So you wanna do Theatrical Design?
By STO Marisa Berrones
Are you interested in design but don’t know where to start? Well, this is a good place to look! We asked Texas Thespians across the state what questions they had about theatrical design and answered them to the best of our abilities. So let’s soar into theatrical design.
Q: What does theatrical design encompass?
A: There are four areas of theatrical design: scenery, lighting, costuming, and sound. Without any of these areas, the show will be missing a crucial part of the experience you get from live theatre.
Q: When a tech crew is working on designing a show, how can you make sure everyone is on the same page and properly communicating?
A: While it may seem like an easy answer, the best way to make sure everyone is communicating effectively is to talk. My favorite way to communicate is by sending out rehearsal reports after each rehearsal and making sure everyone reads it by adding a few questions in!
Q: What skills do you need in order to do lighting design?
A: Whether you are new to tech, or have been a part of the crew for years and are just starting to learn the ropes of light design, there are no skills needed prior to joining. Just come prepared with a ready-to-learn attitude and lots of extra paper!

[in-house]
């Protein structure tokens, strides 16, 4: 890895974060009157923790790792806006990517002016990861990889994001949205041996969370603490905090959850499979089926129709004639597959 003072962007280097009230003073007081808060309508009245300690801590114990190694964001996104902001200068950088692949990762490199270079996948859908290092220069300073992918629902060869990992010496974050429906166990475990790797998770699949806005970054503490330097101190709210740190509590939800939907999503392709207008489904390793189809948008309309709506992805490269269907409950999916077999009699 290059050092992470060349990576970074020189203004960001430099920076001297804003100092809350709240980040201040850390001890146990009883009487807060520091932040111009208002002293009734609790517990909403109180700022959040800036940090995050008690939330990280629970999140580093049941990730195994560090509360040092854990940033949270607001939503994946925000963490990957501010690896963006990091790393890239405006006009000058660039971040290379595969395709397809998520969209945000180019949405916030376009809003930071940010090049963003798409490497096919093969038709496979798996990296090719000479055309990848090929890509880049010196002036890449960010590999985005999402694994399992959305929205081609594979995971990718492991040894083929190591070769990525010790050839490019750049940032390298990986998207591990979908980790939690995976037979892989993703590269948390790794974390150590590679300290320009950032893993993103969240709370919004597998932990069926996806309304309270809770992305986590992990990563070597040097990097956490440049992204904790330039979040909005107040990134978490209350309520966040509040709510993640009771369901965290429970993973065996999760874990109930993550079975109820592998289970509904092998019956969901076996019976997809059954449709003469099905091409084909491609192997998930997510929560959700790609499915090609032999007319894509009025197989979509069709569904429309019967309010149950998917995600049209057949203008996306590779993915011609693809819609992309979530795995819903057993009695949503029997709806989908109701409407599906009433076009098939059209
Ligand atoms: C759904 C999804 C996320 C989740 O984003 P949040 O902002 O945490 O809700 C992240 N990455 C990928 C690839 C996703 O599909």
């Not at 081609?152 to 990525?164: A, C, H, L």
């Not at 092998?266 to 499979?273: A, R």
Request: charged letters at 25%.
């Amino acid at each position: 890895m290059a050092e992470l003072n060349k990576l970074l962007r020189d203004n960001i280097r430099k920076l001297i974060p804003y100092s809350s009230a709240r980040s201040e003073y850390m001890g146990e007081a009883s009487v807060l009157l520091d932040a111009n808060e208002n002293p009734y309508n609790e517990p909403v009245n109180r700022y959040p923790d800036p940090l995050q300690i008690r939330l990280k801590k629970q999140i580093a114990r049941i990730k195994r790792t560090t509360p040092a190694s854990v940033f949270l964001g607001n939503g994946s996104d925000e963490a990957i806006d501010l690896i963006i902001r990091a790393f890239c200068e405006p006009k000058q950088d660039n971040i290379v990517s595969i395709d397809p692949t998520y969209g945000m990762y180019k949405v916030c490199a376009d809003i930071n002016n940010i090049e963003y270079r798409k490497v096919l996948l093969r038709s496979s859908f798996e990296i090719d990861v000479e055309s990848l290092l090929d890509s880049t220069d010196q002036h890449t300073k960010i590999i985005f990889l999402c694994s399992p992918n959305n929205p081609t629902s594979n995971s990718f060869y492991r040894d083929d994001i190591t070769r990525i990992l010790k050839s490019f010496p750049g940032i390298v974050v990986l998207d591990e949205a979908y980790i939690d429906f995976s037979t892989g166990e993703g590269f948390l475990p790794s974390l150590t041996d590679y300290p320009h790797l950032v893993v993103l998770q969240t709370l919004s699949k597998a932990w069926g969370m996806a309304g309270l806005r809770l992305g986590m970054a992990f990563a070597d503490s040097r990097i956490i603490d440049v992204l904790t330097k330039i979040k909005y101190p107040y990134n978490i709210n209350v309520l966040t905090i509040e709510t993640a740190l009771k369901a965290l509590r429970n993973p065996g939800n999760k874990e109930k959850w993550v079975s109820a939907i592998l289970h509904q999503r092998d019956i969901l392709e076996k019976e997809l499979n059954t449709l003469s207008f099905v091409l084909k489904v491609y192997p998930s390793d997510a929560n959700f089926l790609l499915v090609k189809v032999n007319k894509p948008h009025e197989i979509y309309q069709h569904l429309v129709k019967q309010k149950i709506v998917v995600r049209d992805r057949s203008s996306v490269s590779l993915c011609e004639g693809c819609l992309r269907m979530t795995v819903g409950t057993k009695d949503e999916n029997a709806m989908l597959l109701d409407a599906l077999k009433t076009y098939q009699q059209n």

Q: What is the average size of a set?
A: There isn’t one! Every show is different and every stage is different so there is no average set size!
Q: In theatrical design, how often do you view the set from the audience’s view?
A: I personally look at the set from the audience’s view every time the set is put up and taken down. I also take pictures from the middle of the auditorium to compare the set from other perspectives. For my OAP set last year we changed the setup nearly every day, so watching from the middle and back of the auditorium was crucial to our set design.
Q: How does viewing a set design from the audience change the final layout and mapping of the stage?
A: Viewing the set from the audience’s perspective allows directors to see where the performers may be hidden, light cues need to be fixed, or props need to be moved. Another part of sitting in the audience during a rehearsal is being able to see if any dialogue is misheard or if any sound cues are too low.
Q: What is the average amount of time it takes to fully design a show?
A: The average amount of time it takes to design a show is around 4-6 months, but that does not include the hours of rehearsals used to get every last cue exactly how it needs to be.
Now go out there, and design those shows!
Best of luck,
Your 2021 Texas State Thespian Officers
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